Why Safeboda is leaving Kenya to focus on Uganda and Nigeria

From November 27, Ugandan-founded bike-hailing startup will pause its operations in Kenya. From the announcement made on Monday, it was gathered that the exit was inevitable, because the business may not recover from the effect of COVID-19 in the country.

“While Nairobi is seeing some economic recovery from COVID-19, boda transportation has been hit hard. This has meant our business cannot sustainably operate in this environment and unfortunately, the timeline for a full recovery cannot be certain,” the startup explained in the statement.

By implication, commercial motorcycle (popularly called boda-boda) riders donning bright-orange branded helmets will no longer be found on Nairobi roads. The startup, however, promises to refund users that would not be able to exhaust the funds in their wallet before November 27. This will be credited into their M-PESA accounts.

After launching in Uganda in 2015, Safeboda expanded to Nairobi, Kenya in July 2018 to join competitors like Taxify, UberBODA, and Mondo. After the Kenyan expansion, the company also revealed intentions to expand into Nigeria, a move which never happened until March 2020.

But against expectation, Safeboda went live in Ibadan, Nigeria’s largest city. Although the company had started building an online presence since December 2019, the ride-hailing business was able to escape the regulatory ban on motorcycles and tricycles in the country’s commercial hub, Lagos, in February 2020.

Safeboda has a fund chest of over $1.3 million and has relatively bold footprints in both Uganda and Nigeria.

Apparently, the economic reality caused by the pandemic is felt across the world. Hence, it only seems convenient to explain Safeboda’s decision away as COVID-19 effect. However. from the reactions to this announcement, there are suspicions that driver inconsistency may have contributed to the exit.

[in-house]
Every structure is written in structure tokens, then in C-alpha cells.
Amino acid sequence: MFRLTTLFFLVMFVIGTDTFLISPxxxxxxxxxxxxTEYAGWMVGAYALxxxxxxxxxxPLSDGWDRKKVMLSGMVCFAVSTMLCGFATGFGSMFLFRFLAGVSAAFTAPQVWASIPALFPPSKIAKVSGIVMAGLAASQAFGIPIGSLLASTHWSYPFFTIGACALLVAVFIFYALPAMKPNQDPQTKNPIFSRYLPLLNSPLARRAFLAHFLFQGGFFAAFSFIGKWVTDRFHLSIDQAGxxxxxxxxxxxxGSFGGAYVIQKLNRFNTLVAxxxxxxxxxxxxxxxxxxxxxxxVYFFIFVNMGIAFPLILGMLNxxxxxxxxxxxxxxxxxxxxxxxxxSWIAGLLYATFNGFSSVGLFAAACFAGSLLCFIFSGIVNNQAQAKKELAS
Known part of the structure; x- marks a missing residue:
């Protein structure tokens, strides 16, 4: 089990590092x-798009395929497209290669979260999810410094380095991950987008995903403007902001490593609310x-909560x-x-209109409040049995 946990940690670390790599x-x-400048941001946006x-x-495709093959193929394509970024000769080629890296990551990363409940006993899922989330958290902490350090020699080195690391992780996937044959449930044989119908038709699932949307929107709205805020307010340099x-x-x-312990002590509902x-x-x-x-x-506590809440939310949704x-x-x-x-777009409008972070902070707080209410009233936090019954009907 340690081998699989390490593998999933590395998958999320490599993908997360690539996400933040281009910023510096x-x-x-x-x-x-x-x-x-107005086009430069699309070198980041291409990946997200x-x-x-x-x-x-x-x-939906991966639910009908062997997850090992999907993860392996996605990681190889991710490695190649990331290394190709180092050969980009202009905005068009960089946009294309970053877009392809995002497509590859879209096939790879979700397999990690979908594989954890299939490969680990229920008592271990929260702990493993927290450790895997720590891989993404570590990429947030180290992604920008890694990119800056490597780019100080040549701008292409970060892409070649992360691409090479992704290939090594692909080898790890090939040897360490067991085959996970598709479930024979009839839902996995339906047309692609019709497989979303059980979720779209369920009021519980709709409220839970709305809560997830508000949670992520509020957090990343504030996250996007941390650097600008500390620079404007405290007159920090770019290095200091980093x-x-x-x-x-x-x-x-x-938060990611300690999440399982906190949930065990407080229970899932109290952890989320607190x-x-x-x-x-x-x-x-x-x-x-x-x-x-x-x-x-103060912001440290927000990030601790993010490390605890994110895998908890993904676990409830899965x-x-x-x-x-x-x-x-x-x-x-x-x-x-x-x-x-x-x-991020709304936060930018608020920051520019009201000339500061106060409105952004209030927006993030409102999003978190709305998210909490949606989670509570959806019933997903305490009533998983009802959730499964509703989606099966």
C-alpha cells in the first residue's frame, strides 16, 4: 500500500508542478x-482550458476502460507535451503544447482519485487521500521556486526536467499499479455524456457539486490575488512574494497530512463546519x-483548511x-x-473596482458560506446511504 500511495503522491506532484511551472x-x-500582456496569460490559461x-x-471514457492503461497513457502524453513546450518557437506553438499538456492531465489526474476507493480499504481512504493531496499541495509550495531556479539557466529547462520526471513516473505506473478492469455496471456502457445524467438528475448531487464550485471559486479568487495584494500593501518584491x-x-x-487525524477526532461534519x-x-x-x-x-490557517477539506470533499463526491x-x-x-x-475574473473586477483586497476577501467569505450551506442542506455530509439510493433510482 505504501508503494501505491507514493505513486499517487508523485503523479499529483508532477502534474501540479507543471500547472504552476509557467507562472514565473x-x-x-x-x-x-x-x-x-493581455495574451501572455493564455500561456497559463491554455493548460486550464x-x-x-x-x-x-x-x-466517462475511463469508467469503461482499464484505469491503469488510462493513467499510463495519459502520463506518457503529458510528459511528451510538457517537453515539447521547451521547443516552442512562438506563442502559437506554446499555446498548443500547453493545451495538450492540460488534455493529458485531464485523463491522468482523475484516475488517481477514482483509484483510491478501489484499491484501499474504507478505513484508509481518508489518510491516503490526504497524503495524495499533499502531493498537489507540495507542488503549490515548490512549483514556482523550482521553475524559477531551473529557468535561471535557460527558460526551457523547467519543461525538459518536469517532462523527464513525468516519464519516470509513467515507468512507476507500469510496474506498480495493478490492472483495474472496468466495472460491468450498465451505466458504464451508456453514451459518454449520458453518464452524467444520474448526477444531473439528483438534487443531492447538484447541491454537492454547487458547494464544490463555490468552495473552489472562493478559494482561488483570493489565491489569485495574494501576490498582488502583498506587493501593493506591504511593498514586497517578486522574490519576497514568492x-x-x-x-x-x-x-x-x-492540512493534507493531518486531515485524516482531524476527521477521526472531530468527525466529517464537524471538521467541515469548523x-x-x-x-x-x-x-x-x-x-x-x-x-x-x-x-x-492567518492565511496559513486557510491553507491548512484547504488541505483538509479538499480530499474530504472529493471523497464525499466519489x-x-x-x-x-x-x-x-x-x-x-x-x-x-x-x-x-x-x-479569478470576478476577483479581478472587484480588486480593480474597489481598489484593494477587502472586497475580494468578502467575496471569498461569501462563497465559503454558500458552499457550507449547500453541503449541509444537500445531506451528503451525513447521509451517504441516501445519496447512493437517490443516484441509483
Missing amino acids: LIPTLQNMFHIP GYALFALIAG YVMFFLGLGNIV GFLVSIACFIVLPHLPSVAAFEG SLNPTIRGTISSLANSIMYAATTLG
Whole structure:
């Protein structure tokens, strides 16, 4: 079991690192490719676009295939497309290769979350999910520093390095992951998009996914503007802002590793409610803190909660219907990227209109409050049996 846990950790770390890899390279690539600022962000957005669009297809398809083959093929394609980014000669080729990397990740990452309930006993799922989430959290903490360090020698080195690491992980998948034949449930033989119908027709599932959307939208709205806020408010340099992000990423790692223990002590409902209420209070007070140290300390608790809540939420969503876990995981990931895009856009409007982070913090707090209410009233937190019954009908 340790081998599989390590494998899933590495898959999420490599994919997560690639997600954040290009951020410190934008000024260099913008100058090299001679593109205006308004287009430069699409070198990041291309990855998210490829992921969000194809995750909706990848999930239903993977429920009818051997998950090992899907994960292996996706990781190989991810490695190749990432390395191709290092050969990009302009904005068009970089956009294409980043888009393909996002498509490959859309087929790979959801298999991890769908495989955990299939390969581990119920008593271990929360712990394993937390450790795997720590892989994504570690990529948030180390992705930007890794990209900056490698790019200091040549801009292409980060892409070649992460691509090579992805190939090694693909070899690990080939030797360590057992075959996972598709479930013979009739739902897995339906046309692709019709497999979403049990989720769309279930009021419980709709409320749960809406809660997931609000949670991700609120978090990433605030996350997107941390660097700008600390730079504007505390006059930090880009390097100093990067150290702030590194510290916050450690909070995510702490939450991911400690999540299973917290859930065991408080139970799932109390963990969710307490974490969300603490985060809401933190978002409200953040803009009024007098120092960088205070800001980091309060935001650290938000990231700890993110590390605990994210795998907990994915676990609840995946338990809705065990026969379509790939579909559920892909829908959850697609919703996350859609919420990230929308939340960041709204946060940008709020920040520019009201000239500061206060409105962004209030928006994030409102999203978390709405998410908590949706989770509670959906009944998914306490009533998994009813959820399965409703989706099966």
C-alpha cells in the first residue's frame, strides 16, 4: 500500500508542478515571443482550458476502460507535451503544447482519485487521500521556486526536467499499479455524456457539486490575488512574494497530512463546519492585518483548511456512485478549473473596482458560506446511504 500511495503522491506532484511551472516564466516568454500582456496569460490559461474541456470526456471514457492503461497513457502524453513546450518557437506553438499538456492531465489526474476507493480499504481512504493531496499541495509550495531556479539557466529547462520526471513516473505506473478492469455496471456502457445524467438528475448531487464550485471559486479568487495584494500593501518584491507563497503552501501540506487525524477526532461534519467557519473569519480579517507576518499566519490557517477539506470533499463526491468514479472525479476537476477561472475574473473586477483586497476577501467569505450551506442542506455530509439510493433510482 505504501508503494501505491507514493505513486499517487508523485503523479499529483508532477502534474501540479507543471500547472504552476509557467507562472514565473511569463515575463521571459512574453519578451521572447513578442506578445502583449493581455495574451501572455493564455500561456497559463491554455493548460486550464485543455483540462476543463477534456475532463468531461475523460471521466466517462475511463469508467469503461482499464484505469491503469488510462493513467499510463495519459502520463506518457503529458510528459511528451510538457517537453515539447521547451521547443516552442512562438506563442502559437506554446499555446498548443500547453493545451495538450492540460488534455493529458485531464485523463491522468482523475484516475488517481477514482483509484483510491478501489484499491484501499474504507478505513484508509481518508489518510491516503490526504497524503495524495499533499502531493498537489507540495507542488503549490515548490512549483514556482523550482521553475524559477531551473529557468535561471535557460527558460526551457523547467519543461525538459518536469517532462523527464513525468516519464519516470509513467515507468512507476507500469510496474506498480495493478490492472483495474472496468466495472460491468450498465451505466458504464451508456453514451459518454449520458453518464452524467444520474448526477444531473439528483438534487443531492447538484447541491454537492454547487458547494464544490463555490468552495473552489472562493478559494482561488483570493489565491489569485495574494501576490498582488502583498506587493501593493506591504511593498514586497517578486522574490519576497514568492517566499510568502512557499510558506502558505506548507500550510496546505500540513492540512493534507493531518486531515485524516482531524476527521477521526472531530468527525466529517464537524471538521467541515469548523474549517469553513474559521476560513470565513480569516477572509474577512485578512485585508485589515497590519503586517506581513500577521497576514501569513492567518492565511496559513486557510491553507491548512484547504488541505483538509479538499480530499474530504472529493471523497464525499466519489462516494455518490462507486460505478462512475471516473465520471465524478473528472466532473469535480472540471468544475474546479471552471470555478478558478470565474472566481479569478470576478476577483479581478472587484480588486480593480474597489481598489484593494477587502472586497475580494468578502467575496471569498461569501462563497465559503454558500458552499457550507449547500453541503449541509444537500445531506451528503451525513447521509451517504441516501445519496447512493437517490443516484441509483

Earlier in March 2020, before Kenya started recording coronavirus cases which necessitated lockdown, this article reported that Safeboda drivers in Kenya stopped accepting ride orders. Following complaints about low returns due to high discounts, the drivers protested to request for fare review if they must return to work.

Subsequent to economic complications after the lockdown, drivers may have resorted to offline orders or moved on to other platforms. Meanwhile, in less than a year of expanding to Kenya, the company claimed to have onboarded over 1500 drivers on its platform.

Regarding how exposed businesses are to the economic outcome of the pandemic in Nairobi, the startup may have felt the heat more considering the level of competition in the market. Kenya could boast of five major players in the ride-hailing sector before Safeboda’s entry.

Perhaps an early entrance was an advantage for survival in Kampala, Uganda. Also, in Nigeria, its newest market, the Safeboda has only one competitor operating in Ibadan — MAX.NG

As the startup is now left to focus on its other two markets, there are apparent lessons that can be utilised from this exit although its operating model is quite similar across all the markets.

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